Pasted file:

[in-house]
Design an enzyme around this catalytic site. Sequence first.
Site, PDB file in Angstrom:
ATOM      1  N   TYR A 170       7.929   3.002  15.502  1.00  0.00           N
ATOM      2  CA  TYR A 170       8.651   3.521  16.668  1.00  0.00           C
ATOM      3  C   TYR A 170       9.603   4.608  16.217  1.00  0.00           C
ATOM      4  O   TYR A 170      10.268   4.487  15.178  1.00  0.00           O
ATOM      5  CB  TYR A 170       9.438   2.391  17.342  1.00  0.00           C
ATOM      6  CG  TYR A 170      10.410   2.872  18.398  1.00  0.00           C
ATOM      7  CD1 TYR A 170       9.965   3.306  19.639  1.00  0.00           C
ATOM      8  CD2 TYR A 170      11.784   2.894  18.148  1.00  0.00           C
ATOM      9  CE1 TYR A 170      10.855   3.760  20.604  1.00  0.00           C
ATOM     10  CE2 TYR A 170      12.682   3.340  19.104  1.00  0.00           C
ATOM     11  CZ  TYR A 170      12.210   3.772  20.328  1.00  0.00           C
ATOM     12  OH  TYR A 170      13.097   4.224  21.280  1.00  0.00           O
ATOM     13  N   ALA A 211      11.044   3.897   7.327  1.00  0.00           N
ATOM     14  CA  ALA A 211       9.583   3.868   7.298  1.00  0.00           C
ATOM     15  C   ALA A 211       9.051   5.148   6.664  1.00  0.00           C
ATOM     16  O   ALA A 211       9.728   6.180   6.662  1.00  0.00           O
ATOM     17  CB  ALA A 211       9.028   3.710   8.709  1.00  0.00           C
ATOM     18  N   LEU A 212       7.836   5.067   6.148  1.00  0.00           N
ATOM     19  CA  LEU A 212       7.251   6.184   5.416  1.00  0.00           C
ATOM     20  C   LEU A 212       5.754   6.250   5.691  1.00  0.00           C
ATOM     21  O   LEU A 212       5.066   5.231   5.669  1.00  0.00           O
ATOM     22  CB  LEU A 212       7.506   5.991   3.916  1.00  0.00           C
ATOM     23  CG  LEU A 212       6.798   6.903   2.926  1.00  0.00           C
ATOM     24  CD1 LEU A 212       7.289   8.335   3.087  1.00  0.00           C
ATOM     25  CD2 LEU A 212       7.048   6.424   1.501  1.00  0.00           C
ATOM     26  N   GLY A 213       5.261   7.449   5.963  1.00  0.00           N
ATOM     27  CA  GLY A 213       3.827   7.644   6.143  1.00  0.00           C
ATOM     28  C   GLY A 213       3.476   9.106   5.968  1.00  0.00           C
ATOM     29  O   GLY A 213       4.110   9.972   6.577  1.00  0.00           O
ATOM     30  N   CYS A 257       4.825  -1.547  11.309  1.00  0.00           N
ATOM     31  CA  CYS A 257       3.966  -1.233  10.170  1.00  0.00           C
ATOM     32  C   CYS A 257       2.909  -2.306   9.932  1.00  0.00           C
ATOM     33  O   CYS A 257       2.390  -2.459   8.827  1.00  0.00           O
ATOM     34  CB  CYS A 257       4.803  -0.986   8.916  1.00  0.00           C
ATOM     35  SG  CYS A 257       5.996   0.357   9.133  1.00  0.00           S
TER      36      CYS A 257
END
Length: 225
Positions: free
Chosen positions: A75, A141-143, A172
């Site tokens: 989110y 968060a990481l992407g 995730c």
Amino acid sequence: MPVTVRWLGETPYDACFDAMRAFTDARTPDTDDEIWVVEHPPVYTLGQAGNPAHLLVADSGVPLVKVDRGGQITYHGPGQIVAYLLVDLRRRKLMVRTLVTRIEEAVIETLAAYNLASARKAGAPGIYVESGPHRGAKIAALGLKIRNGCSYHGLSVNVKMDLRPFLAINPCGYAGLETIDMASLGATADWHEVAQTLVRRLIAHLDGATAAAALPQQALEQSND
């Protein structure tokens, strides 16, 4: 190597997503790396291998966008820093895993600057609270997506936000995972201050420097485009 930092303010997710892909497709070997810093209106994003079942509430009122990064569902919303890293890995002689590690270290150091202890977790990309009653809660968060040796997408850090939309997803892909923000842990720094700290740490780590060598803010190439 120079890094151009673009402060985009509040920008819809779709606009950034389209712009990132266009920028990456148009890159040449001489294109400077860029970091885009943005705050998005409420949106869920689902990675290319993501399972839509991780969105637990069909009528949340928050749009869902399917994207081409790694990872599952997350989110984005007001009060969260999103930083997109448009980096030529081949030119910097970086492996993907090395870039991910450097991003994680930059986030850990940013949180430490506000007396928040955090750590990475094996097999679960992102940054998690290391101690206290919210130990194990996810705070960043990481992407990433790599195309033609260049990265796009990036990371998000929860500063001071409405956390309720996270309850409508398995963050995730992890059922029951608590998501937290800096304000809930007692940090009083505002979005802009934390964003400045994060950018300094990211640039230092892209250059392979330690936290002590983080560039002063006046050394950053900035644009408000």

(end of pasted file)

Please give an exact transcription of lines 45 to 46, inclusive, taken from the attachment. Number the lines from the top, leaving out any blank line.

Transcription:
Amino acid sequence: MPVTVRWLGETPYDACFDAMRAFTDARTPDTDDEIWVVEHPPVYTLGQAGNPAHLLVADSGVPLVKVDRGGQITYHGPGQIVAYLLVDLRRRKLMVRTLVTRIEEAVIETLAAYNLASARKAGAPGIYVESGPHRGAKIAALGLKIRNGCSYHGLSVNVKMDLRPFLAINPCGYAGLETIDMASLGATADWHEVAQTLVRRLIAHLDGATAAAALPQQALEQSND
């Protein structure tokens, strides 16, 4: 190597997503790396291998966008820093895993600057609270997506936000995972201050420097485009 930092303010997710892909497709070997810093209106994003079942509430009122990064569902919303890293890995002689590690270290150091202890977790990309009653809660968060040796997408850090939309997803892909923000842990720094700290740490780590060598803010190439 120079890094151009673009402060985009509040920008819809779709606009950034389209712009990132266009920028990456148009890159040449001489294109400077860029970091885009943005705050998005409420949106869920689902990675290319993501399972839509991780969105637990069909009528949340928050749009869902399917994207081409790694990872599952997350989110984005007001009060969260999103930083997109448009980096030529081949030119910097970086492996993907090395870039991910450097991003994680930059986030850990940013949180430490506000007396928040955090750590990475094996097999679960992102940054998690290391101690206290919210130990194990996810705070960043990481992407990433790599195309033609260049990265796009990036990371998000929860500063001071409405956390309720996270309850409508398995963050995730992890059922029951608590998501937290800096304000809930007692940090009083505002979005802009934390964003400045994060950018300094990211640039230092892209250059392979330690936290002590983080560039002063006046050394950053900035644009408000």